Effects of Two Commonly Found Strains of Influenza A Virus on Developing Dopaminergic Neurons, in Relation to the Pathophysiology of Schizophrenia

Emory University, United States of America
PLoS ONE (Impact Factor: 3.23). 12/2012; 7(12):e51068. DOI: 10.1371/journal.pone.0051068
Source: PubMed


Influenza virus (InfV) infection during pregnancy is a known risk factor for neurodevelopment abnormalities in the offspring, including the risk of schizophrenia, and has been shown to result in an abnormal behavioral phenotype in mice. However, previous reports have concentrated on neuroadapted influenza strains, whereas increased schizophrenia risk is associated with common respiratory InfV. In addition, no specific mechanism has been proposed for the actions of maternal infection on the developing brain that could account for schizophrenia risk. We identified two common isolates from the community with antigenic configurations H3N2 and H1N1 and compared their effects on developing brain with a mouse modified-strain A/WSN/33 specifically on the developing of dopaminergic neurons. We found that H1N1 InfV have high affinity for dopaminergic neurons in vitro, leading to nuclear factor kappa B activation and apoptosis. Furthermore, prenatal infection of mothers with the same strains results in loss of dopaminergic neurons in the offspring, and in an abnormal behavioral phenotype. We propose that the well-known contribution of InfV to risk of schizophrenia during development may involve a similar specific mechanism and discuss evidence from the literature in relation to this hypothesis.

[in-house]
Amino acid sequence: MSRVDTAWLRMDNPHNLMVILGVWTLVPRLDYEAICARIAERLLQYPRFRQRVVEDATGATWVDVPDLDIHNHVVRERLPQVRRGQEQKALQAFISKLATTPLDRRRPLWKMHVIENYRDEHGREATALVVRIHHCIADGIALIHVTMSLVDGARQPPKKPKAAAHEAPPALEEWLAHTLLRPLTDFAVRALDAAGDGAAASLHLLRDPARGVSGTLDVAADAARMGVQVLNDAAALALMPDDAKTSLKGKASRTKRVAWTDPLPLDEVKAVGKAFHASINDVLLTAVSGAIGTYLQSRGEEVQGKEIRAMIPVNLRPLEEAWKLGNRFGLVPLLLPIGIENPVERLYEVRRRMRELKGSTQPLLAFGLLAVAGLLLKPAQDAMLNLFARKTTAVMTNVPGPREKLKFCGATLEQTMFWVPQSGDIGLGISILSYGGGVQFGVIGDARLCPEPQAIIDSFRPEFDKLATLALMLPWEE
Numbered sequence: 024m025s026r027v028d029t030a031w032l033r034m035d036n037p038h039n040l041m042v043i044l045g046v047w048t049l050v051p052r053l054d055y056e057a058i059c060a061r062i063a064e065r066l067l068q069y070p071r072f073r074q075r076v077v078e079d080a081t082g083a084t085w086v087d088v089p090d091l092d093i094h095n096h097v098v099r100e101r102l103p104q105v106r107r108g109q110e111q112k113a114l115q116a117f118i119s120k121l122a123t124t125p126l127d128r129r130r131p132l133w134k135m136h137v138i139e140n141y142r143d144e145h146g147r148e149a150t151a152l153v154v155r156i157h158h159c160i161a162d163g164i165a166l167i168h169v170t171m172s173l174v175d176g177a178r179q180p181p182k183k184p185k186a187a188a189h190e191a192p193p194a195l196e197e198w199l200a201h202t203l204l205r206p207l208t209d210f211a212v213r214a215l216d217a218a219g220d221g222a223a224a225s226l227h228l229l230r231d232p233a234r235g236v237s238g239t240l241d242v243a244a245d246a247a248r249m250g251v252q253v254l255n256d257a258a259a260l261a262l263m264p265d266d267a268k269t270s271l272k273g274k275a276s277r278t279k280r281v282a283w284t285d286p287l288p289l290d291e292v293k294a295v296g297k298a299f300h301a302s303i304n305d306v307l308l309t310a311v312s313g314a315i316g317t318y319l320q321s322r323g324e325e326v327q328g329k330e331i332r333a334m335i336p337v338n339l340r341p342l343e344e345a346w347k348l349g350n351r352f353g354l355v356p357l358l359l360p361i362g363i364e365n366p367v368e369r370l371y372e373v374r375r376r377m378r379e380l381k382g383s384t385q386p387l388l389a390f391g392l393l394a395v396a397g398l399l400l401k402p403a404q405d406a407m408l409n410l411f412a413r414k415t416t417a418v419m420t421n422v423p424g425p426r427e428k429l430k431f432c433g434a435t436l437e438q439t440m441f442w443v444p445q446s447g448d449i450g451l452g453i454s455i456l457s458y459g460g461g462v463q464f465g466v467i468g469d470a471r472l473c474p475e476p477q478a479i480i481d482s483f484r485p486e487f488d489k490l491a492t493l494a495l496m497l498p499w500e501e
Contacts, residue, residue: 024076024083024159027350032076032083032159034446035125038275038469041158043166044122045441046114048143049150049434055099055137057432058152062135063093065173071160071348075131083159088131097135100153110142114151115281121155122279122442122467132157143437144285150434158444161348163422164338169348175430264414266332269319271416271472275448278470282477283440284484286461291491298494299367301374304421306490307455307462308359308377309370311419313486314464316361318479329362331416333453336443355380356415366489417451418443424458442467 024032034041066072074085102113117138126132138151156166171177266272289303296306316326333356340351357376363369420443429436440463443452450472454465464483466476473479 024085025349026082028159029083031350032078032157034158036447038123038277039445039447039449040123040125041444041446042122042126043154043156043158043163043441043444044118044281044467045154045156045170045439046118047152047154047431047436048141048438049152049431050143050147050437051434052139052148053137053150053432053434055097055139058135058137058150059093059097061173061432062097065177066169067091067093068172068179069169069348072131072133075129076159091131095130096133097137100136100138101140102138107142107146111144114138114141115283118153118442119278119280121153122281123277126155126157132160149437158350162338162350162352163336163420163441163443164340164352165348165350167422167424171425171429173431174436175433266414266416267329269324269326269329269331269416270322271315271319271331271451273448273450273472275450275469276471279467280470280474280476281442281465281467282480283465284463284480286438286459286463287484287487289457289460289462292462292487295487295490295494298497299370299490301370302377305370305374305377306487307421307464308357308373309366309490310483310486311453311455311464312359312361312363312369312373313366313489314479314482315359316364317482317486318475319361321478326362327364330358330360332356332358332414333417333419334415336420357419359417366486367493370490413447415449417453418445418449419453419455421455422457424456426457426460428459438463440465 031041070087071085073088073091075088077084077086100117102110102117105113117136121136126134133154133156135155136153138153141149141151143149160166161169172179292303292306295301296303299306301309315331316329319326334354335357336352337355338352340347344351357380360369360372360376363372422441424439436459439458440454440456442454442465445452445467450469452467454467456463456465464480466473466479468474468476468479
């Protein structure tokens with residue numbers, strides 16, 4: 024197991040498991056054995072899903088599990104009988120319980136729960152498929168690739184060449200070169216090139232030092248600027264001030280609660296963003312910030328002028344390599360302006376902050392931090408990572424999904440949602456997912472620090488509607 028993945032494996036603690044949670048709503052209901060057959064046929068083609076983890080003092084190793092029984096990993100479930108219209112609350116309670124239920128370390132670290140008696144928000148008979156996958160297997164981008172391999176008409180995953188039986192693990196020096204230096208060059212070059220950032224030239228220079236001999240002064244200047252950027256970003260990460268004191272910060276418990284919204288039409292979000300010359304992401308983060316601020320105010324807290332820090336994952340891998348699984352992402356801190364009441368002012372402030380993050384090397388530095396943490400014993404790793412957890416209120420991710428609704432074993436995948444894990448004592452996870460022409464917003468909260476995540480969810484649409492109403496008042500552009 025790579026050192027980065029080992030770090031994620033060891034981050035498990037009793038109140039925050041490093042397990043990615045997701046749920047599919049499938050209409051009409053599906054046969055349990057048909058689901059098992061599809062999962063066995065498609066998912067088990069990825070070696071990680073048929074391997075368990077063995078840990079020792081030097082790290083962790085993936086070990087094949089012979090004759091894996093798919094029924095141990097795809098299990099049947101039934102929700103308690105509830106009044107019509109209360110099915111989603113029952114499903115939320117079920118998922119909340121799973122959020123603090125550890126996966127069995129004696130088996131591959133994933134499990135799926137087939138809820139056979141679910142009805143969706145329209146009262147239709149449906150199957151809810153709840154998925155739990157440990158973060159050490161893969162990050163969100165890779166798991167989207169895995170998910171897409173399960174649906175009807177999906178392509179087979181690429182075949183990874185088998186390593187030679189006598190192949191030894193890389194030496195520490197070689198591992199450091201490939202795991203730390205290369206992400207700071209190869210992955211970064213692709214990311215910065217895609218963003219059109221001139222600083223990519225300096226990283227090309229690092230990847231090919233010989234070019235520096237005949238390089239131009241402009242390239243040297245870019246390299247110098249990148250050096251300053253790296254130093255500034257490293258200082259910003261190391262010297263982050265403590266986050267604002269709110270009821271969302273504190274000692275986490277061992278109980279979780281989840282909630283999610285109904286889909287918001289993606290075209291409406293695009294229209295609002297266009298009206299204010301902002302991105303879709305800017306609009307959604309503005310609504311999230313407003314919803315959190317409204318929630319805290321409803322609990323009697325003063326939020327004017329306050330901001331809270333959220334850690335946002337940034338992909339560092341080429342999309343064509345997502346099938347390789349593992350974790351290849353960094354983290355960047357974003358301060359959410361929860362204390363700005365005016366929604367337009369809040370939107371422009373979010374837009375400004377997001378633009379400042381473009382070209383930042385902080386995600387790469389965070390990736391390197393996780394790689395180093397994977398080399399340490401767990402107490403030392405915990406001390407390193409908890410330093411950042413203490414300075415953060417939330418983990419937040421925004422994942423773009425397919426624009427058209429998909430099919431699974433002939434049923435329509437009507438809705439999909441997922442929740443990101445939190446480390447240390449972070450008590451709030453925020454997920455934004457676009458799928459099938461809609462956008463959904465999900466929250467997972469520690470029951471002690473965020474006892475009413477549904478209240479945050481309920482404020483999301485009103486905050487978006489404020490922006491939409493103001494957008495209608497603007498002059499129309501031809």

Download full-text


Available from: Gabriel de Erausquin,
  • Source
    • "Interestingly, obstetric complications associated with parkinsonism in schizophrenia (Peralta and Cuesta, 2011) may be influenced by sex (Lane et al., 1996). Midbrain dopamine neurons are known to play a role in the development of sexual dimorphism in the brain and have been shown to be particularly susceptible to environmental insults (De Erausquin et al., 2003; Dorsey et al., 2006; Landreau et al., 2012). Specifically, dopaminergic neurons in the mesocortical projections are more numerous (Kritzer and Creutz, 2008), and have been shown to be more resistant to cytotoxic insults in females than in males (Bourque et al., 2009). "